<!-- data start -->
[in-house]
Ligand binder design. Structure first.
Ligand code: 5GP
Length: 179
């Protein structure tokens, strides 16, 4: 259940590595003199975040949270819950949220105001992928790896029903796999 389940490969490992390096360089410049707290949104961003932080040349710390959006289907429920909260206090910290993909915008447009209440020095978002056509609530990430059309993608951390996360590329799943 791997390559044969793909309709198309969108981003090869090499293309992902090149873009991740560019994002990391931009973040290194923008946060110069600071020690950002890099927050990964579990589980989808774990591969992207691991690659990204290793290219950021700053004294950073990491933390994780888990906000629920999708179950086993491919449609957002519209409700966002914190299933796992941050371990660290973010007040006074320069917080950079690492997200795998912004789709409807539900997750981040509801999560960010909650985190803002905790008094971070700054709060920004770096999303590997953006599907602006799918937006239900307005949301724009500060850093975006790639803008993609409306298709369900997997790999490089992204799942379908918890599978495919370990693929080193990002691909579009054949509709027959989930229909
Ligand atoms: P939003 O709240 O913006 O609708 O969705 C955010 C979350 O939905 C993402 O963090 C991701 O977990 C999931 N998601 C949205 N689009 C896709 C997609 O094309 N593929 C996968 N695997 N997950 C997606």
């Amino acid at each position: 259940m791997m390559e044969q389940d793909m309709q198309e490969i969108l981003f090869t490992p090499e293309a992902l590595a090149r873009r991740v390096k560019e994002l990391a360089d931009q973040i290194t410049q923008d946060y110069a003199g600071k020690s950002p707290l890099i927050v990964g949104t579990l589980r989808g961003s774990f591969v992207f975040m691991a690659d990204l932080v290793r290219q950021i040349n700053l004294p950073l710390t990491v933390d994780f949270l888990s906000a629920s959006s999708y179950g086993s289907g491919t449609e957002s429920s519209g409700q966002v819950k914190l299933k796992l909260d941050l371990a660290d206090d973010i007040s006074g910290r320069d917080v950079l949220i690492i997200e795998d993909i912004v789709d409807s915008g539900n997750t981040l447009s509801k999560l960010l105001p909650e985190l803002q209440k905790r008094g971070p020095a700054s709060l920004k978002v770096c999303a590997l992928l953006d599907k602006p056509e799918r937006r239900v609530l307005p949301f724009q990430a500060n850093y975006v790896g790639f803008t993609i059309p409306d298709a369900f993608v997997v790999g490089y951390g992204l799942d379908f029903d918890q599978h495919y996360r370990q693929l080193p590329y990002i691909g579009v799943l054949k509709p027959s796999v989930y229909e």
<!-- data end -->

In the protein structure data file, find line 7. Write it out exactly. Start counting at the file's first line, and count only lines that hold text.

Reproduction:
């Amino acid at each position: 259940m791997m390559e044969q389940d793909m309709q198309e490969i969108l981003f090869t490992p090499e293309a992902l590595a090149r873009r991740v390096k560019e994002l990391a360089d931009q973040i290194t410049q923008d946060y110069a003199g600071k020690s950002p707290l890099i927050v990964g949104t579990l589980r989808g961003s774990f591969v992207f975040m691991a690659d990204l932080v290793r290219q950021i040349n700053l004294p950073l710390t990491v933390d994780f949270l888990s906000a629920s959006s999708y179950g086993s289907g491919t449609e957002s429920s519209g409700q966002v819950k914190l299933k796992l909260d941050l371990a660290d206090d973010i007040s006074g910290r320069d917080v950079l949220i690492i997200e795998d993909i912004v789709d409807s915008g539900n997750t981040l447009s509801k999560l960010l105001p909650e985190l803002q209440k905790r008094g971070p020095a700054s709060l920004k978002v770096c999303a590997l992928l953006d599907k602006p056509e799918r937006r239900v609530l307005p949301f724009q990430a500060n850093y975006v790896g790639f803008t993609i059309p409306d298709a369900f993608v997997v790999g490089y951390g992204l799942d379908f029903d918890q599978h495919y996360r370990q693929l080193p590329y990002i691909g579009v799943l054949k509709p027959s796999v989930y229909e």